Gabi Epstein’s Chill Mix Takes Us Back in Time

My favourite thing about Gabi Epstein as a performer is that she is continually reinventing her repertoire. She refuses to be pigeonholed as a “musical theatre singer” or even as a “cabaret artist,” she is teeming with creative ideas and she will bravely tread into unchartered waters and will happily invite an audience along for the ride. This means that each Gabi Epstein experience is a truly unique one and Gabi’s High School Chill Mix, a cabaret I attended recently at the Bread and Circus, was certainly no exception.
According to Epstein, the idea for this cabaret was hatched while she was touring across the United States on a Children’s Theatre Tour, listening to her IPod for long periods of time. Each time that songs from her High School “chill mix” came up, she found herself becoming wistful for a time gone by that she had captured on CD nearly a decade ago. So, she decided to recreate this “chill mix” in a concert format so that she could bring this music from her past into the present and share it with an audience who may remember the late 90s fondly as well.
Clad in a skirt she made in High School constructed out of Compact Discs and Cassette Tapes strung together with twist-ties, Epstein’s Cabaret was inventive, nostalgic and characteristically hilarious straight from her entrance. She took us all back to 1995 with Alanis Morisette’s ode to “Mary Jane” and sang a beautiful rendition of Ben Harper’s “Another Lonely Day” which suited her voice with absolute loveliness. I am continually impressed with Epstein’s ability to choose songs, often those sung by male artists, which burst so unexpectedly from her and that are given fresh arrangements that she is able to bring so beautifully to life. She gave a particularly emotional performance singing Lisa Loeb’s “Stay” and was equally as successful in her rapping aptitude for her encore of “Waterfalls” (TLC) which brought down the house and generated a rousing Sing-Along.
Epstein was also joined onstage by a slew of her talented friends. Daniel Abrahamson played the piano for the evening, showing of some serious skill during Our Lady Peace’s “4am,” Trevor Campbell played the guitar and they both joined Epstein on a gorgeous three part harmony arrangement of “She Talks to Angels” (The Black Crowes). Abrahamson sang a poignant and beautiful “Homeward” by the Beatles, while Campbell played Hawksley Workman’s “You, Me and the Weather,” which is one of the most difficult songs ever written, to impressive effect. Raha accompanied Epstein in her rendition of the Red Hot Chilli Pepper’s “Other Side” on the violin with incredible skill and dynamism. She was absolutely mesmerizing. She also accompanied Epstein and guest Michael Hughes in their performance of “Kissing You” during which Epstein sang lower than Hughes and his falsetto was so incredibly out of control, I got goose bumps. Epstein also arranged a four part a cappella arrangement of Radiohead’s “Karma Police” for herself, Trevor Campbell, Jennifer Walls and Rachel Fischer.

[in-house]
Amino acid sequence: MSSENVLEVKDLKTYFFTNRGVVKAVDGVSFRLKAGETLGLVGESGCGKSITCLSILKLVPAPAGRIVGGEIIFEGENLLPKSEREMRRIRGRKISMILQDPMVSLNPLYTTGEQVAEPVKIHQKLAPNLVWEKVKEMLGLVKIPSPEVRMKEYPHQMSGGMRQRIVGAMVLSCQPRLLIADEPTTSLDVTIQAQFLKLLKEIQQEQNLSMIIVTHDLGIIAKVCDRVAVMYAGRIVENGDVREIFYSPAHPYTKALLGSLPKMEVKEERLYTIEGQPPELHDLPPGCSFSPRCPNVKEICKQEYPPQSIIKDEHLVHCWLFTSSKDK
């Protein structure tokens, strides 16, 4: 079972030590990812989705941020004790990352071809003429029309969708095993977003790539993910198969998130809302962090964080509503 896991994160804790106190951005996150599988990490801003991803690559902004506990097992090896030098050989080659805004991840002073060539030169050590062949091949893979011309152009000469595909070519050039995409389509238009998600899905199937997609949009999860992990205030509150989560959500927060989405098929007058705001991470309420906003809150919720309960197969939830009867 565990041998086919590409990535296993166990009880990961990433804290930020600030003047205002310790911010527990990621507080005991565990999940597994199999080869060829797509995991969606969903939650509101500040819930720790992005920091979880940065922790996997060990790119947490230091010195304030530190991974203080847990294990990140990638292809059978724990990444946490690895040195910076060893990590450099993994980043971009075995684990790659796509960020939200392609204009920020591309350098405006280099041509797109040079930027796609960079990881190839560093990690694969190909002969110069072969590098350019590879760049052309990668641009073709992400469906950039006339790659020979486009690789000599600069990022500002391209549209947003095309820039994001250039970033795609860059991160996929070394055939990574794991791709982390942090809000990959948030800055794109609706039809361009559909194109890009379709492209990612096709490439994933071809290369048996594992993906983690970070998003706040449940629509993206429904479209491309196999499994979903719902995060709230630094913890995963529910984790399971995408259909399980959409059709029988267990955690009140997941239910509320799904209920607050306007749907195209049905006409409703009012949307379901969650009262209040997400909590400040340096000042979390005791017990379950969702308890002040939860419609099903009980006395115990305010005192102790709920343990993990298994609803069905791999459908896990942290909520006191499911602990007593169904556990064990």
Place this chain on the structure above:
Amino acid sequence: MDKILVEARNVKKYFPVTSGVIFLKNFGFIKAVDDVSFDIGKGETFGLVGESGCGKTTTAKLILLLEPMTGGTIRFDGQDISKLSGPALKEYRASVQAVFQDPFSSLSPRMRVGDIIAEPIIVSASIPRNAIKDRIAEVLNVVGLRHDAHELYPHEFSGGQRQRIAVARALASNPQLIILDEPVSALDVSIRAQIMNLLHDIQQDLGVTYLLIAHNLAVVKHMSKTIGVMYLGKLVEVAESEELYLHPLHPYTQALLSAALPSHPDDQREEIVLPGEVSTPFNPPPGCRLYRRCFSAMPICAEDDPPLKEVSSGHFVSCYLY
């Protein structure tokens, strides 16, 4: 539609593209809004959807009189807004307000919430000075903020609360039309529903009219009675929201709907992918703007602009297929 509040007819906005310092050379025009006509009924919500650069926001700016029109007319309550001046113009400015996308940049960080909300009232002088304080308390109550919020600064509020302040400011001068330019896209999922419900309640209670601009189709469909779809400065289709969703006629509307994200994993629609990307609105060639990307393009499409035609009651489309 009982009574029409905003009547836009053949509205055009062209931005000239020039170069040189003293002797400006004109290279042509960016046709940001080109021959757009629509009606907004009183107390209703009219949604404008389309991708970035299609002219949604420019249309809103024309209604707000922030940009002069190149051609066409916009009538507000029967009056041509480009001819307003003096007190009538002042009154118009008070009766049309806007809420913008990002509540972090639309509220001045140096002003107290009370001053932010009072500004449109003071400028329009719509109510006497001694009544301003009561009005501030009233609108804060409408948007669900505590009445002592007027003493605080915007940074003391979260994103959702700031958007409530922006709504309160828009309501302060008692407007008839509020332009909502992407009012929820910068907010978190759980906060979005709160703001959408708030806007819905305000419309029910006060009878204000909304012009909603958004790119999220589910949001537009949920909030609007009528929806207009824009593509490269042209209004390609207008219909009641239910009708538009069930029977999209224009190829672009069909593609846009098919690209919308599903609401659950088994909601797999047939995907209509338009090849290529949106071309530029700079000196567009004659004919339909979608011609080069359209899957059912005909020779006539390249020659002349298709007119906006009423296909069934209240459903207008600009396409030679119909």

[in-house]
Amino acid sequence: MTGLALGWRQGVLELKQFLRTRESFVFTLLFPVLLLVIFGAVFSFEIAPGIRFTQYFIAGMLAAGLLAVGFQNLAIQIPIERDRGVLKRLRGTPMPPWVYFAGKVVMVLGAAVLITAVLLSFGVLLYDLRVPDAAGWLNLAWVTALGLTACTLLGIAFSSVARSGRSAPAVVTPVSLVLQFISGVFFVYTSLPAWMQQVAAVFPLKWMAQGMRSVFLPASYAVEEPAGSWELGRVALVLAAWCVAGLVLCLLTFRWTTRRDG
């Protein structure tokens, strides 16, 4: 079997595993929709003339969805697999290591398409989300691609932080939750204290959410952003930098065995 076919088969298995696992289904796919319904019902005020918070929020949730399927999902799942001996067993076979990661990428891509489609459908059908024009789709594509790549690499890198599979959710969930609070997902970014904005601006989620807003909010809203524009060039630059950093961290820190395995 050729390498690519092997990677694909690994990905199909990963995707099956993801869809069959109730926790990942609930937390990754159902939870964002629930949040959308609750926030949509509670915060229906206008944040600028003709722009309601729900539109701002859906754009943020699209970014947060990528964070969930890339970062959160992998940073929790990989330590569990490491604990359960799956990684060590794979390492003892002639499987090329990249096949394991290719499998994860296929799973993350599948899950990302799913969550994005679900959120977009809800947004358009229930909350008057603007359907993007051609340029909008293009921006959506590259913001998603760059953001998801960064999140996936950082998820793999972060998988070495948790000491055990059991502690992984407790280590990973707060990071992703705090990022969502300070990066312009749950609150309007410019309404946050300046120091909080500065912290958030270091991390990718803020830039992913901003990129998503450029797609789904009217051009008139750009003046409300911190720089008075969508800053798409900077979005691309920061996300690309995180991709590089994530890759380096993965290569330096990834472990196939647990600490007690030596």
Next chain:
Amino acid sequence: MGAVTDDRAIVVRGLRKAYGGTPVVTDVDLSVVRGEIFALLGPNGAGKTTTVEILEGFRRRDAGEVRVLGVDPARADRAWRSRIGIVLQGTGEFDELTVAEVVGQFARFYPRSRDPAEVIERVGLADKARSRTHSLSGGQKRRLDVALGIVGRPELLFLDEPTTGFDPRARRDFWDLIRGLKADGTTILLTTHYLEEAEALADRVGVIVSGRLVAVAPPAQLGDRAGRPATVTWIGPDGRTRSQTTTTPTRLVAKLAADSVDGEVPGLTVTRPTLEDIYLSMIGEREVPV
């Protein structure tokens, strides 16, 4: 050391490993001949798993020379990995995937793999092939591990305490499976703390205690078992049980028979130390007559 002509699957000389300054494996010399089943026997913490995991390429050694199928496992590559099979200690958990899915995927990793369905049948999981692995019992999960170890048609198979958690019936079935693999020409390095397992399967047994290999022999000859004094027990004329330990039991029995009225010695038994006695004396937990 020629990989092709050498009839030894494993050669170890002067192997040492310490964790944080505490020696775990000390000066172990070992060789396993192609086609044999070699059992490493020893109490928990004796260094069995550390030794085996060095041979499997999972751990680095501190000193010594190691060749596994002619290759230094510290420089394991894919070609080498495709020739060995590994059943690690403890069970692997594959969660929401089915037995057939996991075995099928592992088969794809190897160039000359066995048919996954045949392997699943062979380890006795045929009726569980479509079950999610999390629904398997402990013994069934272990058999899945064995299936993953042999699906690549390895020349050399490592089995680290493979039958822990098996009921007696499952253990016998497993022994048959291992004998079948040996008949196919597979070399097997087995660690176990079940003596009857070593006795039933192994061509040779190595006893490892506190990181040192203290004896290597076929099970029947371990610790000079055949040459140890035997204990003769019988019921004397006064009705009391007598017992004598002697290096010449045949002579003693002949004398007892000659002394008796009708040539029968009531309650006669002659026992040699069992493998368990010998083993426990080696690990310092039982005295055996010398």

One of the benefits to the Cabaret craze that has been sweeping through Toronto for the past year is that it provides opportunities for all the city’s young musical theatre future stars to sing in various genres and different pairings. This is an ideal occasion for giving prospective musical theatre producers and directors the ability to see how well these artists perform both separately and together. I would hope that these individuals are making the most of this unique opportunity and that each time these performer prove themselves to have star power and vocal prowess, a plethora of plans for musicals with Canadian casts are launched and swirl around in the minds of all the prospective producers in this city.
Other highlights of the evening included Late 90s Trivia and Michael Hughes doing his best John Stamos impression while singing the opening bars of “Forever.” Truly, Gabi’s High School Chill Mix was a night of nostalgia and frivolity that brilliantly captured a unique aspect of Epstein’s vibrant personality. I urge all Cabaret artists to take a page from Gabi’s book and to be brave and leap out of their comfort zones. It is certainly invigorating and inspiring to watch.

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